The development of the AAAQ was conducted systematically, and its psychometric properties were evaluated by testing it on a sample of 404 middle-aged persons (EFA and CFA only). The development of the AAAQ was guided by published literature and the Active Ageing Framework endorsed by the WHO , as well as input and feedback from experts in public health, geriatrics and gerontology. The AAAQ tool was intended to assess whether participants are aware of the three pillars of active ageing.
Most of the available tools have been developed for a specific population and set of objectives, which restricts usability for the general population, and which means that they are not appropriate for comparison. For example, the active ageing measurement tool developed by Perales et al. , targeted at European countries while  developed the tool to assess active ageing attributes based on Thai culture. Also, the evaluations of the related available tools to measure awareness of ageing have limitations in terms of their validity and reliability, and the issue being measured [18, 34].
Moreover, some of them have not completely incorporated all three pillars of active ageing, namely, health, participation, and security, into the questionnaire [17, 19]. Furthermore, the validation of these tools is not fully explained, and none of them have been translated and validated for local users. Therefore, the researcher became interested in developing an awareness of active ageing questionnaire for Malaysia based on the ageing framework selected for this study.
EFA is a statistical technique that is appropriate for scale development and is used to test or measure the underlying theory for hypothesized patterns of loading . During the development of the items, initially, three factors were developed to represent the three pillars of the Active Ageing Framework. However, it became apparent from the EFA result that the three pillars were inextricable. The EFA yielded two factors for the 22 items that explained 58 percent of the variance in the items at a significance level of less than 0.001, which indicated as good explanatory power. It was apparent from the EFA result that all the items appropriately belonged to these two respective factors, and these two factors were renamed health and non-health factors. The EFA also revealed that two items were highly correlated with each other, and it was noted that this issue might affect the model fits later.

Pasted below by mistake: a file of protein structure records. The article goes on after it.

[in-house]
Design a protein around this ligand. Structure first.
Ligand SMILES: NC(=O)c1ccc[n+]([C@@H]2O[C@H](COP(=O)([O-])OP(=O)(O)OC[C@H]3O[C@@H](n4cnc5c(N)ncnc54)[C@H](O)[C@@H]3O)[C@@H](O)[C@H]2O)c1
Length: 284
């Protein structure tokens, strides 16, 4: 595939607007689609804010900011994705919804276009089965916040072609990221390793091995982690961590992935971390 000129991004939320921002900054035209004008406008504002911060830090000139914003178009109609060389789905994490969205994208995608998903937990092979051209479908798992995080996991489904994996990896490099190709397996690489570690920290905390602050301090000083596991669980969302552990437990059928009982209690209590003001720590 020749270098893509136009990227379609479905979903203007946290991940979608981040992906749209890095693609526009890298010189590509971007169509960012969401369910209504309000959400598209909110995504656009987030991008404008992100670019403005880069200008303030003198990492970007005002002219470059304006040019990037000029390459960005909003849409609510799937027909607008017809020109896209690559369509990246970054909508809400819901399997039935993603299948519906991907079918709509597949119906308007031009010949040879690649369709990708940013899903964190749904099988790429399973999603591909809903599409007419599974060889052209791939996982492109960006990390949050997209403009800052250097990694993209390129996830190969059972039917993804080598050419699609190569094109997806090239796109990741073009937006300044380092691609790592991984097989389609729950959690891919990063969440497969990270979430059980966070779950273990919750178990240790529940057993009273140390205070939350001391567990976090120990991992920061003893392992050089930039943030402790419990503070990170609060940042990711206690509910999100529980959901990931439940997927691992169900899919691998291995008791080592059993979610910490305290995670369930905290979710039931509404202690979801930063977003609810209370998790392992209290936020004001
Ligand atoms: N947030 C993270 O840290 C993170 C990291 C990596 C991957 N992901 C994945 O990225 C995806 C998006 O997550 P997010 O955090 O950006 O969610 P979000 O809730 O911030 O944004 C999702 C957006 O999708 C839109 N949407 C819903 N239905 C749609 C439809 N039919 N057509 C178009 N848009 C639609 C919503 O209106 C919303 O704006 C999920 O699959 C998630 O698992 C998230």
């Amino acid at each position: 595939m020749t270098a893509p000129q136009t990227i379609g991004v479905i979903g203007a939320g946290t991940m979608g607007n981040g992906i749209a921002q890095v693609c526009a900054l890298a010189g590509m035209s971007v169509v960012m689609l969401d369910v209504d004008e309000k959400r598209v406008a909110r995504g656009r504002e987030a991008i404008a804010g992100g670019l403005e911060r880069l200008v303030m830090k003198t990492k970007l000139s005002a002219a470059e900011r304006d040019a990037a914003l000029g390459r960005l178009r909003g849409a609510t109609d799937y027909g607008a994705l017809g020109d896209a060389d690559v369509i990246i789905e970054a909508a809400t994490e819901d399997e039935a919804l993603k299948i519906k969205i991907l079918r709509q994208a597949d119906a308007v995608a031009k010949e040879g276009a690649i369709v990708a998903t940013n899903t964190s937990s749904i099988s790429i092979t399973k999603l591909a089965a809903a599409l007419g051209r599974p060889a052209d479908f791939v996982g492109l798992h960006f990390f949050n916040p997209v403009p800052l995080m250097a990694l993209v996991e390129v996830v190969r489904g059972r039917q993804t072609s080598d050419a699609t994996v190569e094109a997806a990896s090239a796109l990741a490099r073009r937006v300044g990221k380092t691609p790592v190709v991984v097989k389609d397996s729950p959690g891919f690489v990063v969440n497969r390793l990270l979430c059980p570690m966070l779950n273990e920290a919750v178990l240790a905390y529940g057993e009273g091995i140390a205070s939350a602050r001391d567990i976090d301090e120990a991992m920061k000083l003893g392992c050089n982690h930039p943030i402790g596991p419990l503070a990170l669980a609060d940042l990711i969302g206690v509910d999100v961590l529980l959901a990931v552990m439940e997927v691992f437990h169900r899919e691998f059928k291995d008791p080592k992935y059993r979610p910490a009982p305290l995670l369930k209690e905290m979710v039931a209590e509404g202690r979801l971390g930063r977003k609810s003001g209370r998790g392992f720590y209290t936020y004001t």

CFA is a statistical technique that is used to verify the factor structure in a set of items. It allows the researcher to test the hypothesis that there is a relationship between the items and the factors to which they belong . Apart from a factor loading, convergent validity in this study was examined by observing the CR and AVE for each factor in the AAAQ. The value of CR and AVE should be more than 0.5 and 0.6, respectively. A lower CR indicates that the items do not measure what they are intended to measure. A low AVE indicates that more error remains in the items than the variance explained by the intended factor .